[root@host1]# yum info pacemaker Loaded plugins: security Repository ol6_latest is listed more than once in the configuration Repository ol6_ga_base is listed more than once in the configuration Available Packages Name : pacemaker Arch : x86_64 Version : 1.1.6 Release : 3.el6 Size : 405 k Repo : ol6_latest Summary : Scalable High-Availability cluster resource manager URL : http://www.clusterlabs.org License : GPLv2+ and LGPLv2+ Description : Pacemaker is an advanced, scalable High-Availability cluster : resource manager for Linux-HA (Heartbeat) and/or Corosync. : : It supports "n-node" clusters with significant capabilities for : managing resources and dependencies. : : It will run scripts at initialization, when machines go up or : down, when related resources fail and can be configured to : periodically check resource health. : : Available rpmbuild rebuild options: : --with(out) : heartbeat cman corosync doc publican snmp esmtp : pre_release
Copyright © 2012, Oracle and/or its affiliates. All rights reserved.

Page 10

[root@host1]# yum install pacemaker

Step 4. Configure DRBD & create file system
If your hosts don’t already have an empty partition that you plan to use for the DRBD-managed data then that must be created first – even before that confirm that you have a disk available which hasn’t already been partitioned:
[root@host1]# fdisk -l
Disk /dev/sda: 42.9 GB, 42949672960 bytes 255 heads, 63 sectors/track, 5221 cylinders Units = cylinders of 16065 * 512 = 8225280 bytes Sector size (logical/physical): 512 bytes / 512 bytes I/O size (minimum/optimal): 512 bytes / 512 bytes Disk identifier: 0x000c7583 Device Boot Start End Blocks /dev/sda1 * 1 64 512000 Partition 1 does not end on cylinder boundary. /dev/sda2 64 5222 41430016 Id 83 8e System Linux Linux LVM

Disk /dev/sdb: 21.5 GB, 21474836480 bytes 255 heads, 63 sectors/track, 2610 cylinders Units = cylinders of 16065 * 512 = 8225280 bytes Sector size (logical/physical): 512 bytes / 512 bytes I/O size (minimum/optimal): 512 bytes / 512 bytes Disk identifier: 0x00000000 Disk /dev/sdb doesn't contain a valid partition table Disk /dev/mapper/vg_host1-lv_root: 40.3 GB, 40307261440 bytes 255 heads, 63 sectors/track, 4900 cylinders Units = cylinders of 16065 * 512 = 8225280 bytes Sector size (logical/physical): 512 bytes / 512 bytes I/O size (minimum/optimal): 512 bytes / 512 bytes Disk identifier: 0x00000000 Disk /dev/mapper/vg_host1-lv_root doesn't contain a valid partition table Disk /dev/mapper/vg_host1-lv_swap: 2113 MB, 2113929216 bytes 255 heads, 63 sectors/track, 257 cylinders Units = cylinders of 16065 * 512 = 8225280 bytes Sector size (logical/physical): 512 bytes / 512 bytes I/O size (minimum/optimal): 512 bytes / 512 bytes Disk identifier: 0x00000000 Disk /dev/mapper/vg_host1-lv_swap doesn't contain a valid partition table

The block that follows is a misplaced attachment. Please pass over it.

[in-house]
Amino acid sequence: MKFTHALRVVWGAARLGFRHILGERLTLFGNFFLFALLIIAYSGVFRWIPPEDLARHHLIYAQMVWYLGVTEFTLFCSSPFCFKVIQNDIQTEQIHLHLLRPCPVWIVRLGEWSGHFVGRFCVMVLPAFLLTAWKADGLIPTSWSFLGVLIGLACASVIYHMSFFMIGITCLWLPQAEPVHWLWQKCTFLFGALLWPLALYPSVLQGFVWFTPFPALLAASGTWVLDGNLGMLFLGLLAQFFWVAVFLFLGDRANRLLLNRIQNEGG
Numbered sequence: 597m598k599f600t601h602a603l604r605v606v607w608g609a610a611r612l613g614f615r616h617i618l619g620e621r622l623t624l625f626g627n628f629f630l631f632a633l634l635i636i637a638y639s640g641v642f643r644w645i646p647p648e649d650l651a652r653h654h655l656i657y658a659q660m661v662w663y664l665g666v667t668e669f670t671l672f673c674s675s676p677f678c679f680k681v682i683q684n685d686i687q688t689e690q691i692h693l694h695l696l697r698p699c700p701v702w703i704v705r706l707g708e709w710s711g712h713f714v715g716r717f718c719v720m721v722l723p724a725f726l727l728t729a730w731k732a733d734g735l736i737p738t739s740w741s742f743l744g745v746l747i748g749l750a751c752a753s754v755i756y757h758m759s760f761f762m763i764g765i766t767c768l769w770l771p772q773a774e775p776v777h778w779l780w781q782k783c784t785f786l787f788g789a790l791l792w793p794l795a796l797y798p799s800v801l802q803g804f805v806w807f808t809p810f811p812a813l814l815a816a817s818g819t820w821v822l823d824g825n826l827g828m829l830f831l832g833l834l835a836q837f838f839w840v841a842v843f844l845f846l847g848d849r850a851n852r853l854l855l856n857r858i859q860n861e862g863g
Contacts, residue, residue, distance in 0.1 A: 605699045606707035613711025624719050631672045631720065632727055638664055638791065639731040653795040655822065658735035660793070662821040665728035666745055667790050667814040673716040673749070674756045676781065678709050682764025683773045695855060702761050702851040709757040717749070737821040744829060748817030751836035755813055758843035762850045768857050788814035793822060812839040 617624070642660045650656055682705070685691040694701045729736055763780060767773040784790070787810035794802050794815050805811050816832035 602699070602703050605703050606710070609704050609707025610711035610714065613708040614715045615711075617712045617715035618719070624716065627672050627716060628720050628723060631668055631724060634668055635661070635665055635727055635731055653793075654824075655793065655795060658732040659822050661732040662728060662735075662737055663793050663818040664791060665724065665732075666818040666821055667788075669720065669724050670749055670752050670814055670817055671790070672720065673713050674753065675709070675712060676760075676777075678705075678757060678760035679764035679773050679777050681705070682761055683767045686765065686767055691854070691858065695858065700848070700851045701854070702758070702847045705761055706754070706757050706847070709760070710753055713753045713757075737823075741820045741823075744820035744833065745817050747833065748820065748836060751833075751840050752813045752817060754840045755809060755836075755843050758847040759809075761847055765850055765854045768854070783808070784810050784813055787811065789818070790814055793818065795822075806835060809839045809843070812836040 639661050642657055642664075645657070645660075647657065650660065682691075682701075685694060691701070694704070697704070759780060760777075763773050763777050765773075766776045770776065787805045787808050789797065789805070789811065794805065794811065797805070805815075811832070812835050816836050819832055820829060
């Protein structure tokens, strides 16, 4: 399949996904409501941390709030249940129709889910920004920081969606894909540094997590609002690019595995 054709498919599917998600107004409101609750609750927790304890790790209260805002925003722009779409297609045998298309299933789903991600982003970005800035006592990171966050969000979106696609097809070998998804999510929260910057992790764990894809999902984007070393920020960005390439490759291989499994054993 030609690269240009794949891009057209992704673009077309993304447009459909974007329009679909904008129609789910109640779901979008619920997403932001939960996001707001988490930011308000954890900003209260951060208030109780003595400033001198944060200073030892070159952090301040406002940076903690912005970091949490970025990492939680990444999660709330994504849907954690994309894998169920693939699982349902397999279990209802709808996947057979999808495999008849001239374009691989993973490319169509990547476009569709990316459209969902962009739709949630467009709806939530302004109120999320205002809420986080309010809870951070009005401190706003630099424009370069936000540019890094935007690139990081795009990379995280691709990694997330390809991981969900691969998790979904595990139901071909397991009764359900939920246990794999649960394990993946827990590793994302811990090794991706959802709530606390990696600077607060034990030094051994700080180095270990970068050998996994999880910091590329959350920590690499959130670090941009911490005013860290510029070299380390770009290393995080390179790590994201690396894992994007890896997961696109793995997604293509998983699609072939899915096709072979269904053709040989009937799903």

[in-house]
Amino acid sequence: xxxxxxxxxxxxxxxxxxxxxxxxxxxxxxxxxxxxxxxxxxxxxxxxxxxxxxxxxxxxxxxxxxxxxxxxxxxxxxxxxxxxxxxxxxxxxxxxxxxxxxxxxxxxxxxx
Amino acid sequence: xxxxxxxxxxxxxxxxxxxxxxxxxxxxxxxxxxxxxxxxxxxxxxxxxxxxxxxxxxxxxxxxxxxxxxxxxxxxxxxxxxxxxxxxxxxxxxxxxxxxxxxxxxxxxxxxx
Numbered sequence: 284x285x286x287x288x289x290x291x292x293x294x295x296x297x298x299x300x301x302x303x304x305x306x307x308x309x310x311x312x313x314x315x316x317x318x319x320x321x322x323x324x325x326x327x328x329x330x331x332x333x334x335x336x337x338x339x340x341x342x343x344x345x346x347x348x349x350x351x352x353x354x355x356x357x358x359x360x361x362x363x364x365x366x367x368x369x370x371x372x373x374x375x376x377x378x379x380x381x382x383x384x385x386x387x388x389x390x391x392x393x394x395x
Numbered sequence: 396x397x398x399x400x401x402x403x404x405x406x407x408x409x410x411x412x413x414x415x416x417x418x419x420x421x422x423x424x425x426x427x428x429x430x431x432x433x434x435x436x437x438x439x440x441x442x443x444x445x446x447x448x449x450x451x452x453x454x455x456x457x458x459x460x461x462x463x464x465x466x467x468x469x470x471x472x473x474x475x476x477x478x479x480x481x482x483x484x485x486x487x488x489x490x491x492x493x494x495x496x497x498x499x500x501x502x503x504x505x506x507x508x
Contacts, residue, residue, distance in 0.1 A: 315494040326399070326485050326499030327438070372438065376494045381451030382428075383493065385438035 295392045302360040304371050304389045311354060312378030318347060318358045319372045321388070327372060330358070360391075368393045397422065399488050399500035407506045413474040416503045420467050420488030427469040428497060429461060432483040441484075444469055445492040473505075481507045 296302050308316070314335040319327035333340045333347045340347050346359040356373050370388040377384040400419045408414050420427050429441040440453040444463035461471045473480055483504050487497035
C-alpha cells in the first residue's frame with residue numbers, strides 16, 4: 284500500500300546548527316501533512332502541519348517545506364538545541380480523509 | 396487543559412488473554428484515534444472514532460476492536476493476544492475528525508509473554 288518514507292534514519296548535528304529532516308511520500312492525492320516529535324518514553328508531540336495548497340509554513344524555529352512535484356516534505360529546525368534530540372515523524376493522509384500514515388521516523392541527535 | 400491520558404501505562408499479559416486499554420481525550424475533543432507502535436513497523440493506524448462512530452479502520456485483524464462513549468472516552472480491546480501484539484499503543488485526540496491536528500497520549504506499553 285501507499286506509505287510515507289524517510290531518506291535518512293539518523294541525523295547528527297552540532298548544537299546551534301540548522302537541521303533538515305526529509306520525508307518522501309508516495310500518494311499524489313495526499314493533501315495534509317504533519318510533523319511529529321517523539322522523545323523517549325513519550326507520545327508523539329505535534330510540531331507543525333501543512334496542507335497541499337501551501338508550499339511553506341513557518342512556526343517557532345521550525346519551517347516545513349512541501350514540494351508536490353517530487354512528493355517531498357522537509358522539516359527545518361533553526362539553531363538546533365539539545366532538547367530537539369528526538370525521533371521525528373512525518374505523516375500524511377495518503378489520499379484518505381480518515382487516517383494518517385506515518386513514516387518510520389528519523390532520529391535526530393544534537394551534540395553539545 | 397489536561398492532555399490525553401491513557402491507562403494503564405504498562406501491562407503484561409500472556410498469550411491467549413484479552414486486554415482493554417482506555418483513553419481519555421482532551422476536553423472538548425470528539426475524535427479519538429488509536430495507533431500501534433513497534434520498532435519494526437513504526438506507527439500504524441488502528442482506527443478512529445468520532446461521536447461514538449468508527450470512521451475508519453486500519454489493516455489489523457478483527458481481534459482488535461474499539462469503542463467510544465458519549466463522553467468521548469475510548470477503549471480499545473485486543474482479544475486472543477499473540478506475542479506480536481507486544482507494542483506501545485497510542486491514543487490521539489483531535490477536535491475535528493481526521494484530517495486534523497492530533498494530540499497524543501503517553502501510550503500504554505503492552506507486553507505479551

In this case, disk sdb has no partitions and so we can safely create a new one:
[root@host1]# fdisk -cu /dev/sdb Device contains neither a valid DOS partition table, nor Sun, SGI or OSF di Building a new DOS disklabel with disk identifier 0xecef1a6a. Changes will remain in memory only, until you decide to write them. After that, of course, the previous content won't be recoverable. Warning: invalid flag 0x0000 of partition table 4 will be corrected by w(ri Command (m for help): p Disk /dev/sdb: 21.5 GB, 21474836480 bytes 255 heads, 63 sectors/track, 2610 cylinders, total 41943040 sectors Units = sectors of 1 * 512 = 512 bytes Sector size (logical/physical): 512 bytes / 512 bytes I/O size (minimum/optimal): 512 bytes / 512 bytes Disk identifier: 0xecef1a6a Device Boot Start End Blocks Id System